Six ways your church can help older people stay connected

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Millions of older people in the UK, the US and other countries are not internet users – and it's becoming harder for them to access basic services.

Everything from shopping to parking, banking and keeping in touch is becoming more difficult for anyone who is not online.

Is the Church part of the solution, helping older people to feel welcome and included? Or are we part of the problem as increasingly churches are going online with their communications, ministry and even ways of giving?

It's a subject that's been troubling me for some while, based on the conversations I've had with many older people in my area. And I'm not alone.

The British charity Age UK has launched an 'Offline and Overlooked' campaign calling for all public services – including health services, local councils and other bodies – to be legally required to offer and promote an offline way of reaching and using their services.

They say, "Public services are rapidly 'going digital'. It's becoming harder – and in some cases impossible – to access day-to-day necessities such as banking, making health appointments or even just paying for car parking.

"Older people who aren't or choose not to be online are being locked out of essential services. It's discrimination - plain and simple. And it poses real risks to people's health, wellbeing, finances and ability to participate fully in our society."

Age UK point out that many people prefer to handle their finances, their bills or their health matters in person or over the phone. They add, "No one should feel forced to perform important tasks online if they don't feel comfortable."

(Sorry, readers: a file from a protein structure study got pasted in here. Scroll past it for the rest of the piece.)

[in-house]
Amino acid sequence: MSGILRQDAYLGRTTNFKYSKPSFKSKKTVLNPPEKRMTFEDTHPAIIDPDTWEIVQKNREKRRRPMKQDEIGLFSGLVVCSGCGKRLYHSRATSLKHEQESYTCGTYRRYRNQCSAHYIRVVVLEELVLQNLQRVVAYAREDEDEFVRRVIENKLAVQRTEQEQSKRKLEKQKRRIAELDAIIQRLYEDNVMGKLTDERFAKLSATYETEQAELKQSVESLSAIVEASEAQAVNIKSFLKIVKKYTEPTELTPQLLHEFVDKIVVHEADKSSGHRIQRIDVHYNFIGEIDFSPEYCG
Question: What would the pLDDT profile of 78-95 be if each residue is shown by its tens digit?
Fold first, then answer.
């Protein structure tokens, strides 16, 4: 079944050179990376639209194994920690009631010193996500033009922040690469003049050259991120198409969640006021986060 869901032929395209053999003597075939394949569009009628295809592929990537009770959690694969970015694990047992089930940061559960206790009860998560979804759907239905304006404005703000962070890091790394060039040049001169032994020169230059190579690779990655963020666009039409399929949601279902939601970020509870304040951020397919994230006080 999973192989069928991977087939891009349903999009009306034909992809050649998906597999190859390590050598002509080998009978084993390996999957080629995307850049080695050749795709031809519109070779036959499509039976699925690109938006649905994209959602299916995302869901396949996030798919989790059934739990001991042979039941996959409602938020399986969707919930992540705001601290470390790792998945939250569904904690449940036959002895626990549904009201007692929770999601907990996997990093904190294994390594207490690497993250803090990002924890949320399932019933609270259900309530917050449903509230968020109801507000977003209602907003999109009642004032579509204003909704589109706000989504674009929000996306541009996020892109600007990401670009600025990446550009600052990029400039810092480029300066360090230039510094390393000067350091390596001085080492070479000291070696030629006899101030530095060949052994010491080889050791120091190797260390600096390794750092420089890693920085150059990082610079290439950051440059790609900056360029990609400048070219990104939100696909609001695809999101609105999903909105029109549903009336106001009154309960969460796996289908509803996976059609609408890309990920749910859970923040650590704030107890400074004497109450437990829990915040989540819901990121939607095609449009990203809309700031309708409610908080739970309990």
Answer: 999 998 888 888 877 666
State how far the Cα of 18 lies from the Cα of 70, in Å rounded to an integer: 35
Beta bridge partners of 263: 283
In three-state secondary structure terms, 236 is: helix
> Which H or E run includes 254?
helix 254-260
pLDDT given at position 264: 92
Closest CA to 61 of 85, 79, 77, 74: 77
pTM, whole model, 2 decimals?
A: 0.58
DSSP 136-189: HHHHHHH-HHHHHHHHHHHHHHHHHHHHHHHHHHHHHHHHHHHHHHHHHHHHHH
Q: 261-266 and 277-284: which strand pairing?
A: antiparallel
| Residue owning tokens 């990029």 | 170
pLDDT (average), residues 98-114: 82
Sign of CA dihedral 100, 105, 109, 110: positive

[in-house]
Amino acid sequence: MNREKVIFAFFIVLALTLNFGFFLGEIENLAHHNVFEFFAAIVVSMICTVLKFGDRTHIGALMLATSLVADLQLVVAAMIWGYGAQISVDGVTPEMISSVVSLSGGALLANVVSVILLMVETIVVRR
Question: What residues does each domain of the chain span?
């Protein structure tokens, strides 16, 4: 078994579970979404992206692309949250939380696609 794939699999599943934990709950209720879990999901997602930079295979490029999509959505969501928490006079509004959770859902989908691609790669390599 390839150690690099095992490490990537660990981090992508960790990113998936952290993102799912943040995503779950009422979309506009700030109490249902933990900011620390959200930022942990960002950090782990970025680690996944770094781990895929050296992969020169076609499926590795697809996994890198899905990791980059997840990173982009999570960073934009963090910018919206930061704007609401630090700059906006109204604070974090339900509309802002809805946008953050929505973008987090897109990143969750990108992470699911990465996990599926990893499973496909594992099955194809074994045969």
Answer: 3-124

But what about the Church?

Debbie Thrower, founder and pioneer of the UK's Anna Chaplaincy movement that provides spiritual support to older people, told me: "Many churches are involved in ministry to older people in a range of ways, from drop-ins to lunch clubs and much more.

"But some have a 'blind spot' when it comes to their communications and ministry to older people. Many churches have moved their communications online, without thinking of those who are 'left behind' and feel thoroughly left out when this happens."

Working with experienced church consultant John Truscott, who has been advising denominations and churches for more than 40 years, I have drafted six ways churches can help older people – and others who do not use smartphones or go online – to feel included in our congregations:

1. Always provide a phone alternative for people who want to enquire about a church service or activity but have no internet access. A weblink or QR code is no use to anyone who is not online or would struggle to use or read a smartphone.

2. Keep cash as an alternative way of giving. Some people still prefer to use cash or cheques, and cannot give via credit transfer, an app or a credit card. Ensure their donations are as welcome as any others.

3. Have hard copies available of any communications put out via email. These include letters from the leadership, annual reports and papers for committee meetings.

4. Remember that some people who may have a smartphone do not understand software like ChurchSuite or WhatsApp or are unable to print documents. Many older people find reading documents on any screen large or small to be difficult – and this can include worship songs during services.

5. Ensure prayer chains, or similar networks that operate via email, also include some form of telephone network so those who are not online can take part.

6. Seek out a friendly 'techie' person who is patient with older people and good at explaining things to offer to help anyone struggling with a smartphone or laptop.

It's also worth remembering that some people cannot afford a smartphone or computer of any kind but may not want to say so. And others do not have a smartphone or web access on principle.

In recent research with an online forum of church communicators, I heard how some churches make their complete services available in print form, including their talks or sermons. That may be a step too far for many churches but shows how some ministers are seeking to keep their older members in touch.

As churches seek to encourage more younger people to join their congregations – and, in the UK, the Church of England has declared 'growing younger' to be among its key priorities – let's also remember older people and how we can make them feel more welcome and included.

Rev Peter Crumpler is a Church of England minister in St Albans, Herts, UK, and a former communications director with the CofE.